Hello there gang!
I am the author of SMB Consulting Best Practices and each day I hold a virtual book reading by posting up a passage. Enjoy the show!
Act as a Client Advocate
The SMB consultant represents his or her client much as a lawyer, CPA, or any other professional service provider does. When it comes to technology matters, such as SBS, you act on behalf of your client. This relationship creates a fiduciary obligation for you to do whatever is in the best interest of the client. Ways that you can act as a client advocate include the following:
• Represent the client, not the vendor — Take ordering hardware, software, and services for the client. Remember that you are speaking on behalf of the client, not the wallet in your hip pocket or purse. You might find yourself subcontracting out specialized tasks to your personal financial detriment because it is your fiduciary obligation in the context of your client relationship to do so. That is, there might be some parts of the client’s technology project that you aren’t qualified to perform. You’ll want to strongly consider using outside
help to complete those tasks even though, in these discrete cases, it’s the outside help doing the billing and not you.
· Conflict of interest disclosure — If you have a direct financial interest in a product being recommended to the client, it’s your obligation to disclose such conflicts of interest. As an author, I’m often put in a tight spot where I’m recommending my own book to a client who has asked me for “some good computer books.” Of course, I’m all too happy to recommend my own tomes, but I usually make the point, via an appropriate dose of humor, that I’ll pocket a buck and quarter in royalties from the book purchase. The point is typically well taken by the client, appreciated, and accepted in the spirit in which it was delivered.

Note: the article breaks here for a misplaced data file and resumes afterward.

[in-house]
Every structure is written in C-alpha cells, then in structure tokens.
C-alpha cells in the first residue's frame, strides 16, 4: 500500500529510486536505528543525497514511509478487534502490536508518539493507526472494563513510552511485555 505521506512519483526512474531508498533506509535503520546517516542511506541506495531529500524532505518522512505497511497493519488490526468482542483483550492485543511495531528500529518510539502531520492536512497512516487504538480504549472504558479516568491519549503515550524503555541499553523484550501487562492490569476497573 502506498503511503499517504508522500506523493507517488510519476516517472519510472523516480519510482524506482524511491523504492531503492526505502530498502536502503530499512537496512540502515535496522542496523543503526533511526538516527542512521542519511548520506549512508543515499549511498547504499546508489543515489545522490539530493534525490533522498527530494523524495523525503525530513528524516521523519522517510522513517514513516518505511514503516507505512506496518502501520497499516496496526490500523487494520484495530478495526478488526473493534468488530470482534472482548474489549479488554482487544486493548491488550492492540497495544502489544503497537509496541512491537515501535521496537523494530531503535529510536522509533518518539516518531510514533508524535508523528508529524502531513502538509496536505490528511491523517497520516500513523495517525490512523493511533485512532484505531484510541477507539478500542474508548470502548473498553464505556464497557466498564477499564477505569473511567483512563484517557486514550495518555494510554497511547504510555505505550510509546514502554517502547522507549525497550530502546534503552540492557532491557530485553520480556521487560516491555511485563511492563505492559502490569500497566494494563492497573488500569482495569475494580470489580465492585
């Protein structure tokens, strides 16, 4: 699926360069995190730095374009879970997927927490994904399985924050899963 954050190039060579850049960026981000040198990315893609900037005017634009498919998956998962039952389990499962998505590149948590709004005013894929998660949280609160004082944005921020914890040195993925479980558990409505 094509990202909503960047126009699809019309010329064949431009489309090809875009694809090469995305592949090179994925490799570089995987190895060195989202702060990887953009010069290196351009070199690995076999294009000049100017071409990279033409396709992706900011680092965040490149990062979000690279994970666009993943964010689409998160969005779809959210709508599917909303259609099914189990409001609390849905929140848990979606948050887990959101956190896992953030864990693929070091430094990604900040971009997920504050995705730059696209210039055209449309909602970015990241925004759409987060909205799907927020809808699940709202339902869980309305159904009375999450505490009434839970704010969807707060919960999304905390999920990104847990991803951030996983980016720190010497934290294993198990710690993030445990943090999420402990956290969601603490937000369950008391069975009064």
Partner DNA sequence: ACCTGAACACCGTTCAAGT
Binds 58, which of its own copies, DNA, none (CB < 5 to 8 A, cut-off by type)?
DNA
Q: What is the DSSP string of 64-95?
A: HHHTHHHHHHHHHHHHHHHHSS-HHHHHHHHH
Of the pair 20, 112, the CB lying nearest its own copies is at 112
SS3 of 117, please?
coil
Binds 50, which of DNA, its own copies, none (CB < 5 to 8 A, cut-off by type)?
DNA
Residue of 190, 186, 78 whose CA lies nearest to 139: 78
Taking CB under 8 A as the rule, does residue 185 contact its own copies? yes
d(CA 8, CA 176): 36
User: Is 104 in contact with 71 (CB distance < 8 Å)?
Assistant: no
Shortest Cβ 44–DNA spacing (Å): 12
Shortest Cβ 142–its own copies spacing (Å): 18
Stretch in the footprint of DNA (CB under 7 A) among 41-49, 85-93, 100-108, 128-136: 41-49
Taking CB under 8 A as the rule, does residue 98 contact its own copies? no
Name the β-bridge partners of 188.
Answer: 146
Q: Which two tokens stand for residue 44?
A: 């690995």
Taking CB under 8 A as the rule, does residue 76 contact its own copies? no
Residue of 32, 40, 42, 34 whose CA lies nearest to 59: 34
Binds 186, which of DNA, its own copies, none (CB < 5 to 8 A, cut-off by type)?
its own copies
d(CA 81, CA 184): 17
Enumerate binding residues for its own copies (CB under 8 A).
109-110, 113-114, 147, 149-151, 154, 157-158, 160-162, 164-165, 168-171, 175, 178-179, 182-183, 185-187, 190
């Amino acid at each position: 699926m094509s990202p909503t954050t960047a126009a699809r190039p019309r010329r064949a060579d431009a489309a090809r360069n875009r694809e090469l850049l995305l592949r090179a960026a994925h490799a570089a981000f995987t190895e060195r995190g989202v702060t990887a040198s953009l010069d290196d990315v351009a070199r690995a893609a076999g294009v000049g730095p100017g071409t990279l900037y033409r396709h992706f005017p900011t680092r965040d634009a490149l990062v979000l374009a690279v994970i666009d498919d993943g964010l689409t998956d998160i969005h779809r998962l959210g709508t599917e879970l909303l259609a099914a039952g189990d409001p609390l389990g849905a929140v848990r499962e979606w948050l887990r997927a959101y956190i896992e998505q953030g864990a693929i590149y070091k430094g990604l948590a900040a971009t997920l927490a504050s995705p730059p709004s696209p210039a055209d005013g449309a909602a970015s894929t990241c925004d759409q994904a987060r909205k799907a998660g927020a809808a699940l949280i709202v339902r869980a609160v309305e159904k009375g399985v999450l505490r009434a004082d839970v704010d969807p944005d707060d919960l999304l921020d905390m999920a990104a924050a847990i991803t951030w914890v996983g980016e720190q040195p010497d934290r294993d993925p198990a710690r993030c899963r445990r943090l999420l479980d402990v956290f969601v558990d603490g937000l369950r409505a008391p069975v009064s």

· Practice tough love with honor — Part of the advocacy role will likely include tough love. An SMB consultant, acting as the client’s advocate, is honor-bound to “tell it like it is.” Inevitability, you’ll have to tactfully tell your client something he doesn’t want to hear. If the client has junk machines, you have to let him know. You might encounter this with SBS when it comes to line of business (LOB) applications or terminal services (TS) running in application-sharing mode. LOB applications and TS in application-sharing mode can be great reasons to introduce a second server (typically acting as a member server) onto the network. If you deliver such a message based on fact and sincerity, in all likelihood you will prevail and the client will purchase a member server for the company’s network.
Harry Brelsford, CEO at smb nation www.smbnation.com
Microsoft Small Business Specialist SBSC, MBA, MCSE, MCT, MCP, CNE, CLSE, CNP
PS – did u know I host a technology conference in the New York City area each spring? Save the date for March 6-8, 2009 and watch “voice meet data” in the SMB space!
PPS – my SBS 2008 book will be out in mid-November 2008!
PPPS – my Microsoft Response Point Primer book is here NOW!